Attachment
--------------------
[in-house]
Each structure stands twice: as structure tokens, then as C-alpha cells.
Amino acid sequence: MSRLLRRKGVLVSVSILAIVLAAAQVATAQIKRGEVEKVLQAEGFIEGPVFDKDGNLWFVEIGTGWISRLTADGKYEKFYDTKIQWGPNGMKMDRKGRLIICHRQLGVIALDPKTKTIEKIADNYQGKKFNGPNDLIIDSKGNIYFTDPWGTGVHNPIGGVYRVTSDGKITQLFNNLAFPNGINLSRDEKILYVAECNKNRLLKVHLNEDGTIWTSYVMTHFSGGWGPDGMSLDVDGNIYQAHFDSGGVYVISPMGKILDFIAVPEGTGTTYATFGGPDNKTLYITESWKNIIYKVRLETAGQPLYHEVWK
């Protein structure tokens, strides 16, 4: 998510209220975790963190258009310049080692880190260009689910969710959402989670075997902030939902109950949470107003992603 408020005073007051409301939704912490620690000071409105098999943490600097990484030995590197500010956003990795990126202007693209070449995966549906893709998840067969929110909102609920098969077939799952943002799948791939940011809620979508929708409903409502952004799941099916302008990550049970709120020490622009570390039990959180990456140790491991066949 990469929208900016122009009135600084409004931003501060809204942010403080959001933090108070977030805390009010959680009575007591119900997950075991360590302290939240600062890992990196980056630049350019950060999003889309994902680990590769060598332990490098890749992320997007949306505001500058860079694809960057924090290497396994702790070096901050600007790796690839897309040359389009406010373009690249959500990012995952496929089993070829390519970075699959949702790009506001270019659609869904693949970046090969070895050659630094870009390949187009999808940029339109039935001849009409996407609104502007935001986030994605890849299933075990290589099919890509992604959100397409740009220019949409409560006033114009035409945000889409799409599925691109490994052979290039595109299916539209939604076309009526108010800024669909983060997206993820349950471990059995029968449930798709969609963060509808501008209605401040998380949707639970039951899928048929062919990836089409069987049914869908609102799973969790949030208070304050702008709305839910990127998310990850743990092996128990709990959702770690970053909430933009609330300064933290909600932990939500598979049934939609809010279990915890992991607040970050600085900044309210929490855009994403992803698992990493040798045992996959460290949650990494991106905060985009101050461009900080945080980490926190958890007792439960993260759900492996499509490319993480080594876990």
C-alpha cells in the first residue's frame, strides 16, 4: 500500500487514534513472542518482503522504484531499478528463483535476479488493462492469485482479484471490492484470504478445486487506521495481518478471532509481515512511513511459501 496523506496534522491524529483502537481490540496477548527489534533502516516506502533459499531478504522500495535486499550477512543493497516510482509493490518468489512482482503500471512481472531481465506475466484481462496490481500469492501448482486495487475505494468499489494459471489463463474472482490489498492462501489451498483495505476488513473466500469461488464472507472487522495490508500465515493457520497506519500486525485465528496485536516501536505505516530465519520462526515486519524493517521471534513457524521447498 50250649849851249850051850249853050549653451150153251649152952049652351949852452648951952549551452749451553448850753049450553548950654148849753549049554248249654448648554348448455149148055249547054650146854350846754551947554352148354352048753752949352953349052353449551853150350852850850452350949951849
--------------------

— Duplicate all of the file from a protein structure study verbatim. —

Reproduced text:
[in-house]
Each structure stands twice: as structure tokens, then as C-alpha cells.
Amino acid sequence: MSRLLRRKGVLVSVSILAIVLAAAQVATAQIKRGEVEKVLQAEGFIEGPVFDKDGNLWFVEIGTGWISRLTADGKYEKFYDTKIQWGPNGMKMDRKGRLIICHRQLGVIALDPKTKTIEKIADNYQGKKFNGPNDLIIDSKGNIYFTDPWGTGVHNPIGGVYRVTSDGKITQLFNNLAFPNGINLSRDEKILYVAECNKNRLLKVHLNEDGTIWTSYVMTHFSGGWGPDGMSLDVDGNIYQAHFDSGGVYVISPMGKILDFIAVPEGTGTTYATFGGPDNKTLYITESWKNIIYKVRLETAGQPLYHEVWK
């Protein structure tokens, strides 16, 4: 998510209220975790963190258009310049080692880190260009689910969710959402989670075997902030939902109950949470107003992603 408020005073007051409301939704912490620690000071409105098999943490600097990484030995590197500010956003990795990126202007693209070449995966549906893709998840067969929110909102609920098969077939799952943002799948791939940011809620979508929708409903409502952004799941099916302008990550049970709120020490622009570390039990959180990456140790491991066949 990469929208900016122009009135600084409004931003501060809204942010403080959001933090108070977030805390009010959680009575007591119900997950075991360590302290939240600062890992990196980056630049350019950060999003889309994902680990590769060598332990490098890749992320997007949306505001500058860079694809960057924090290497396994702790070096901050600007790796690839897309040359389009406010373009690249959500990012995952496929089993070829390519970075699959949702790009506001270019659609869904693949970046090969070895050659630094870009390949187009999808940029339109039935001849009409996407609104502007935001986030994605890849299933075990290589099919890509992604959100397409740009220019949409409560006033114009035409945000889409799409599925691109490994052979290039595109299916539209939604076309009526108010800024669909983060997206993820349950471990059995029968449930798709969609963060509808501008209605401040998380949707639970039951899928048929062919990836089409069987049914869908609102799973969790949030208070304050702008709305839910990127998310990850743990092996128990709990959702770690970053909430933009609330300064933290909600932990939500598979049934939609809010279990915890992991607040970050600085900044309210929490855009994403992803698992990493040798045992996959460290949650990494991106905060985009101050461009900080945080980490926190958890007792439960993260759900492996499509490319993480080594876990």
C-alpha cells in the first residue's frame, strides 16, 4: 500500500487514534513472542518482503522504484531499478528463483535476479488493462492469485482479484471490492484470504478445486487506521495481518478471532509481515512511513511459501 496523506496534522491524529483502537481490540496477548527489534533502516516506502533459499531478504522500495535486499550477512543493497516510482509493490518468489512482482503500471512481472531481465506475466484481462496490481500469492501448482486495487475505494468499489494459471489463463474472482490489498492462501489451498483495505476488513473466500469461488464472507472487522495490508500465515493457520497506519500486525485465528496485536516501536505505516530465519520462526515486519524493517521471534513457524521447498 50250649849851249850051850249853050549653451150153251649152952049652351949852452648951952549551452749451553448850753049450553548950654148849753549049554248249654448648554348448455149148055249547054650146854350846754551947554352148354352048753752949352953349052353449551853150350852850850452350949951849